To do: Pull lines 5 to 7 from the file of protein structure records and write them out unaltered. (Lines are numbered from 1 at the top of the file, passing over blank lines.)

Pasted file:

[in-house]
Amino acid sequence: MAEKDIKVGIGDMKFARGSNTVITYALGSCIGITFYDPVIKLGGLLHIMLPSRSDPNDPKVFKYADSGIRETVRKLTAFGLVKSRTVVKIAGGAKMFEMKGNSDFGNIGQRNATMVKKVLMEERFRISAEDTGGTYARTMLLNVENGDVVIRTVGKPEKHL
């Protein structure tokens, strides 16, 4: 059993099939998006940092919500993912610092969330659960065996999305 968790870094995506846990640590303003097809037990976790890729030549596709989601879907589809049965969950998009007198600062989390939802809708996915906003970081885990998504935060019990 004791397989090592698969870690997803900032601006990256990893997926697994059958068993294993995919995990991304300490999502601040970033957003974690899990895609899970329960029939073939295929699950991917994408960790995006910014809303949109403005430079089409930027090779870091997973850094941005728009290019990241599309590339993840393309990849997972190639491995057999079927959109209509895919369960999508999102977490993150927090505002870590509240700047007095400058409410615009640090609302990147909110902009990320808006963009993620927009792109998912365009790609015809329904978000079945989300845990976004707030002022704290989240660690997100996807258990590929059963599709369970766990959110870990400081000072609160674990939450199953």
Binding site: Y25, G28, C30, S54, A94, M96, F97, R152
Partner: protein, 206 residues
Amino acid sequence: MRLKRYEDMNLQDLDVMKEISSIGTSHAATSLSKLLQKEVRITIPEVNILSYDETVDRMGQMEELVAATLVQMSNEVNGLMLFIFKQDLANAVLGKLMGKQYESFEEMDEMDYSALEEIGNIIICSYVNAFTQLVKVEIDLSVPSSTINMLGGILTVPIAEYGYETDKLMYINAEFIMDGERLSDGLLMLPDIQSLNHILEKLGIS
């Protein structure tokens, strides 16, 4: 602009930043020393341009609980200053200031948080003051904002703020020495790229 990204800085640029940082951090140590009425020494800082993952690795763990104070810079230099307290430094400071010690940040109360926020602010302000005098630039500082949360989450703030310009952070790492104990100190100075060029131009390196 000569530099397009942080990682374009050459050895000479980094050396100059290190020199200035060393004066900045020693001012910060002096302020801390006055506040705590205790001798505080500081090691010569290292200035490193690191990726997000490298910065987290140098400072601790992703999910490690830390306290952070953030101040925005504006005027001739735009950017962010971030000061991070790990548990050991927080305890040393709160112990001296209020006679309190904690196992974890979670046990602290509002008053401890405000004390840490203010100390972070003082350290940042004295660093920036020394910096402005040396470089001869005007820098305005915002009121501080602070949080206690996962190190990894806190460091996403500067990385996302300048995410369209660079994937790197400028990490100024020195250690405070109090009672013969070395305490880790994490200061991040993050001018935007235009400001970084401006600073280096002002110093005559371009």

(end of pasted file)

Partner: protein, 206 residues
Amino acid sequence: MRLKRYEDMNLQDLDVMKEISSIGTSHAATSLSKLLQKEVRITIPEVNILSYDETVDRMGQMEELVAATLVQMSNEVNGLMLFIFKQDLANAVLGKLMGKQYESFEEMDEMDYSALEEIGNIIICSYVNAFTQLVKVEIDLSVPSSTINMLGGILTVPIAEYGYETDKLMYINAEFIMDGERLSDGLLMLPDIQSLNHILEKLGIS
């Protein structure tokens, strides 16, 4: 602009930043020393341009609980200053200031948080003051904002703020020495790229 990204800085640029940082951090140590009425020494800082993952690795763990104070810079230099307290430094400071010690940040109360926020602010302000005098630039500082949360989450703030310009952070790492104990100190100075060029131009390196 000569530099397009942080990682374009050459050895000479980094050396100059290190020199200035060393004066900045020693001012910060002096302020801390006055506040705590205790001798505080500081090691010569290292200035490193690191990726997000490298910065987290140098400072601790992703999910490690830390306290952070953030101040925005504006005027001739735009950017962010971030000061991070790990548990050991927080305890040393709160112990001296209020006679309190904690196992974890979670046990602290509002008053401890405000004390840490203010100390972070003082350290940042004295660093920036020394910096402005040396470089001869005007820098305005915002009121501080602070949080206690996962190190990894806190460091996403500067990385996302300048995410369209660079994937790197400028990490100024020195250690405070109090009672013969070395305490880790994490200061991040993050001018935007235009400001970084401006600073280096002002110093005559371009």